A third example would be of someone seeking to build a .224 Valkyrie precision rifle. Using a .224V AR upper receiver with a 20-inch 416R stainless barrel and a 6.8 SPC mag, a good mil-spec 7075 lower could work, but the builder would be better off taking a step up to a nice billet lower with a built-in tensioner screw to help reduce upper/lower wobble and yield a tighter fitment.
4. A Dialed-In Finish
When looking for a new lower, I usually consider is the finish as well. While some people don’t care about this too much, I strongly prefer to match upper receivers with a like lower receiver finish. The final rifles look like a professionally made piece of equipment rather than something I pieced together at the kitchen table.
Also, some finishes add a lot of durability to the metal, depending on the anodizing process, which I value in a rifle that I plan on owning and using for years to come.
A note on finishes
While there are other options, anodizing is far and away the most popular finish for ARs and tactical rifles. The matte black finish is where the term “black rifle” comes from, but that same anodizing process can produce any number of colors — from burnt bronze to OD green and any kinds of custom look in between. Hardcoat anodizing basically just a coating of aluminum oxide — or purposely-applied aluminum rust.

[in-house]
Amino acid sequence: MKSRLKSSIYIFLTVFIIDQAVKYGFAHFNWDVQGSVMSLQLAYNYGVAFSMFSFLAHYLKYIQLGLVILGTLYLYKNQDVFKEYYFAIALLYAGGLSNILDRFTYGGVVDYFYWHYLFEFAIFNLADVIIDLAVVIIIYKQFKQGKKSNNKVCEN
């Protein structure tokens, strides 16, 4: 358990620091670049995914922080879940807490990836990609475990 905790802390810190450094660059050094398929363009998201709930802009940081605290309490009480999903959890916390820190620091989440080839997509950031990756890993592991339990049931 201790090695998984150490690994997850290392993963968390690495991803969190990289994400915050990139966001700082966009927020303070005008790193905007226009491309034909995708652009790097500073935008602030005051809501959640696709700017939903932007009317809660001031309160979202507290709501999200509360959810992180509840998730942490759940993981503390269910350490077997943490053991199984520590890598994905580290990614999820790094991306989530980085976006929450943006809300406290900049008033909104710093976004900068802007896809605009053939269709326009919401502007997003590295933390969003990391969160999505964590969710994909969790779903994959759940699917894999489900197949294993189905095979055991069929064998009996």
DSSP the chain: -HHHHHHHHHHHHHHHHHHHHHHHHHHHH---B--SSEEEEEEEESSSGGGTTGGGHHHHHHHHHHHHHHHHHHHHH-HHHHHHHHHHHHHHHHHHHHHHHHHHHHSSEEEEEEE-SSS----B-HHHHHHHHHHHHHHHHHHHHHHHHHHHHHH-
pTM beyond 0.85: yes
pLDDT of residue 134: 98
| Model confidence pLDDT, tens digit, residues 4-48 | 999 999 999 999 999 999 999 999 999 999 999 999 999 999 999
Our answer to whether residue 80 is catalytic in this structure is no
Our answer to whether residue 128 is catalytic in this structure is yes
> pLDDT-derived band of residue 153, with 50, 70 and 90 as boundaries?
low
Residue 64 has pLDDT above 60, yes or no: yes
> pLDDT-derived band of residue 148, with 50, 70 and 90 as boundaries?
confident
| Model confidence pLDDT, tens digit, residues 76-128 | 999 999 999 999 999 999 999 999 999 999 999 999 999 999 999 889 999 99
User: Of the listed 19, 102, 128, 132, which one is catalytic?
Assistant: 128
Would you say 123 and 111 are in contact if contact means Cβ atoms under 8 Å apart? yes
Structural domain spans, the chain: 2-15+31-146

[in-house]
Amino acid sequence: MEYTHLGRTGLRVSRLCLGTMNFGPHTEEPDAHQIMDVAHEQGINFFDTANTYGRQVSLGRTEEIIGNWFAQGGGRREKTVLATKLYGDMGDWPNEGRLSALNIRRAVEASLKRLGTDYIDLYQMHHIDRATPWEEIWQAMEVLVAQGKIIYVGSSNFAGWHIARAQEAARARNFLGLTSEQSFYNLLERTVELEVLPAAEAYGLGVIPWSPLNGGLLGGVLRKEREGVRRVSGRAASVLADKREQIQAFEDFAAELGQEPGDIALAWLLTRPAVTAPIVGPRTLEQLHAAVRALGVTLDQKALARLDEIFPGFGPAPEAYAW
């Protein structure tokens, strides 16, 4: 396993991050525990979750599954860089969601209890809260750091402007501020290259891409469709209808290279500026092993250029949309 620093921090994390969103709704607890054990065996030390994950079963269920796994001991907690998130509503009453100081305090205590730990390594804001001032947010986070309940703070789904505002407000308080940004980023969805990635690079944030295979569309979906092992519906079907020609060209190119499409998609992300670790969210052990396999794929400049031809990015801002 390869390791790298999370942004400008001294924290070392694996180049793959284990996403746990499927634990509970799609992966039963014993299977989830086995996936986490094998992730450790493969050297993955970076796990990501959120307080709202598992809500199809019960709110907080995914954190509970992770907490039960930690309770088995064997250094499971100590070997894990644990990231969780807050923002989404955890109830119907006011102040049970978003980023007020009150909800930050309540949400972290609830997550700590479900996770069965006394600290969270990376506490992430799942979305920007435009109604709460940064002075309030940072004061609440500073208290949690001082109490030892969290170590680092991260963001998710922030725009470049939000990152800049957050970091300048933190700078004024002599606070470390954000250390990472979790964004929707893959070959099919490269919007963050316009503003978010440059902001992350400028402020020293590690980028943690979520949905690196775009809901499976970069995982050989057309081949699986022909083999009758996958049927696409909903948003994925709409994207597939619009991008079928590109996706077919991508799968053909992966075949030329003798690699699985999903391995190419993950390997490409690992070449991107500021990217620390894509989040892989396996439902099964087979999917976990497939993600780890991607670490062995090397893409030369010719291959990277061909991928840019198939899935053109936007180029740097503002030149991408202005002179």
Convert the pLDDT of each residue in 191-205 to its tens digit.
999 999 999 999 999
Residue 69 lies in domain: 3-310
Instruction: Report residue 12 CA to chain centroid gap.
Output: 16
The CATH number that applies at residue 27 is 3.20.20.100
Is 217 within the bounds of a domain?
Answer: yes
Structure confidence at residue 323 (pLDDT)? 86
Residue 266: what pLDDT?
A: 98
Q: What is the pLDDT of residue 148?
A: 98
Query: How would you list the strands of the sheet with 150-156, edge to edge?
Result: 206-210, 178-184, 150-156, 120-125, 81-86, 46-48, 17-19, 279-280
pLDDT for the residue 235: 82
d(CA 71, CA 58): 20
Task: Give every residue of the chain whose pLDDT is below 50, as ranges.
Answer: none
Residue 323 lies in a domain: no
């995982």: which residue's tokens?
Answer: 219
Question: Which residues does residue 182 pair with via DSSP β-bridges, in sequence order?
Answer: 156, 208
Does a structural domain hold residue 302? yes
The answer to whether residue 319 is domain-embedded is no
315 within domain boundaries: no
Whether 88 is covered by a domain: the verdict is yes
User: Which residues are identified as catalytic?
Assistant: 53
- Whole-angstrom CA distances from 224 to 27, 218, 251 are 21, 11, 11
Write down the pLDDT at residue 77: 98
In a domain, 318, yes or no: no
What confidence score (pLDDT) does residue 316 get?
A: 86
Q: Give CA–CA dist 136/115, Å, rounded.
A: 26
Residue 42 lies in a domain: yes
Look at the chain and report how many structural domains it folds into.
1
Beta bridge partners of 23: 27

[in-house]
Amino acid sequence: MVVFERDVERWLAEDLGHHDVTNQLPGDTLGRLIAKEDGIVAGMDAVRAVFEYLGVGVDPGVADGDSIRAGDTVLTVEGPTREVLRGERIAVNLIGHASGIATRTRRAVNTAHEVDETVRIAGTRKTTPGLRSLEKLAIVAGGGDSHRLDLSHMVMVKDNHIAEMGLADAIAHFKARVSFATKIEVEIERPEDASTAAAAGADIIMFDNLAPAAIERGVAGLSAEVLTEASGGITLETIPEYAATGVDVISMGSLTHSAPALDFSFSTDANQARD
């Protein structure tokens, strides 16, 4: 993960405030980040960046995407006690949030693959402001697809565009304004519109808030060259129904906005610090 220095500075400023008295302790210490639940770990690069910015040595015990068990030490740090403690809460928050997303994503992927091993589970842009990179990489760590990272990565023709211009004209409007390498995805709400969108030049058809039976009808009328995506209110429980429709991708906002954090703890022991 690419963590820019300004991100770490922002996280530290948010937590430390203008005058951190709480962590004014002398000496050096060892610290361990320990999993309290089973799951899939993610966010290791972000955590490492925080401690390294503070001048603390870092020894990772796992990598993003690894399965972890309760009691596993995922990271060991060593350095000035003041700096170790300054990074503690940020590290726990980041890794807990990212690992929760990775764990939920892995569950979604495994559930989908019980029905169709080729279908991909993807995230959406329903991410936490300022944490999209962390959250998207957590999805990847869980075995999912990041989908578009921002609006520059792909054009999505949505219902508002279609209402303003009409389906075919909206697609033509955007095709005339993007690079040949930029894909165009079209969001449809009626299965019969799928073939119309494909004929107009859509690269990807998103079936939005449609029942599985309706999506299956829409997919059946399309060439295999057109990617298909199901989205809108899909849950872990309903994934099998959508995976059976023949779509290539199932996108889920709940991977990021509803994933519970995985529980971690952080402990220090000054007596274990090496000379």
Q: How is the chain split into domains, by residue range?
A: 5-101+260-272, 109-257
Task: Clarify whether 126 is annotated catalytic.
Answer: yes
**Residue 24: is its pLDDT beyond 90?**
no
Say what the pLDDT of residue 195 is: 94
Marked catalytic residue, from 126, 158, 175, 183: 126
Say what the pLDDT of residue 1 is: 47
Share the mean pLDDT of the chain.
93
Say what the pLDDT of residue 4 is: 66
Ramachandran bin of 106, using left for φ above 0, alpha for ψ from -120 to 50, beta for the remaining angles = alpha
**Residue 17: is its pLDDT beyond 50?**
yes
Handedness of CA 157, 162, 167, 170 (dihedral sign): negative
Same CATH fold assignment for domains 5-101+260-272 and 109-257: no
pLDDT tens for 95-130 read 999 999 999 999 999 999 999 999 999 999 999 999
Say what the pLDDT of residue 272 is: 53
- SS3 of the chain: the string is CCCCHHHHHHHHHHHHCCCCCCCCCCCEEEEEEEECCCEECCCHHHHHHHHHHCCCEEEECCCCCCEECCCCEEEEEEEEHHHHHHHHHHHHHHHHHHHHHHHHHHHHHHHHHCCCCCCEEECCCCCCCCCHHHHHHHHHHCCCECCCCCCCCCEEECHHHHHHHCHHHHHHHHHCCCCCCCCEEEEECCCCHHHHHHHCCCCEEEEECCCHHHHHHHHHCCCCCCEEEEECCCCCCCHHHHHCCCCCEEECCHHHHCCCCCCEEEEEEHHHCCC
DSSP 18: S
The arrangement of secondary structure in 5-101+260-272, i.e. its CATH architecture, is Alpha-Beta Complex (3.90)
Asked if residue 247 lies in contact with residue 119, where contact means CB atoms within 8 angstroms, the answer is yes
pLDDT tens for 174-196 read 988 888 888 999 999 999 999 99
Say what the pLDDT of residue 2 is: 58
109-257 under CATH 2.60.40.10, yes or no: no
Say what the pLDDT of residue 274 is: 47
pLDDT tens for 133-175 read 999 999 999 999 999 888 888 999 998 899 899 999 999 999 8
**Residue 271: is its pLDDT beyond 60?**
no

When you hear “mil-spec anodizing,” that means it’s a Type III anodized finish (more on types below). This thick protection is found on military rifles and many retail ARs, receivers, and aluminum components. While matte black is the easiest to produce (essentially the default), additional processing can produce a glossy look and smoother texture.
Hardcoat Types: I, II, and III/ (MIL-A 8625)
- Type I anodizing is often reserved for small, low-wear components. This softer, less durable finish wouldn’t be used on high-wear parts such as AR receivers. The reason for Type I’s lack of durability is the depth of the finish itself — which is decidedly thin at 0.0001″. It’s also produced with chromic acid rather than the harder sulfuric acid.
- Type II anodizing eschews chromic acid for sulfuric acid and is a level of protection that can be done at home with safety precautions and an appropriate DIY anodizing kit. Type II coatings are at minimum twice as think as Type I coatings, ranging from 0.0002″ to 0.0006″ thick.
- Type III is the most durable form of anodizing. In addition to sulfuric acid, that acid cooled to accommodate higher electrical current, adheres to more exacting measurements, and uses de-oxidizing agents for a precision coat, resulting in a “Hardcoat” that will range from 0.0005″ to 0.003″ thick.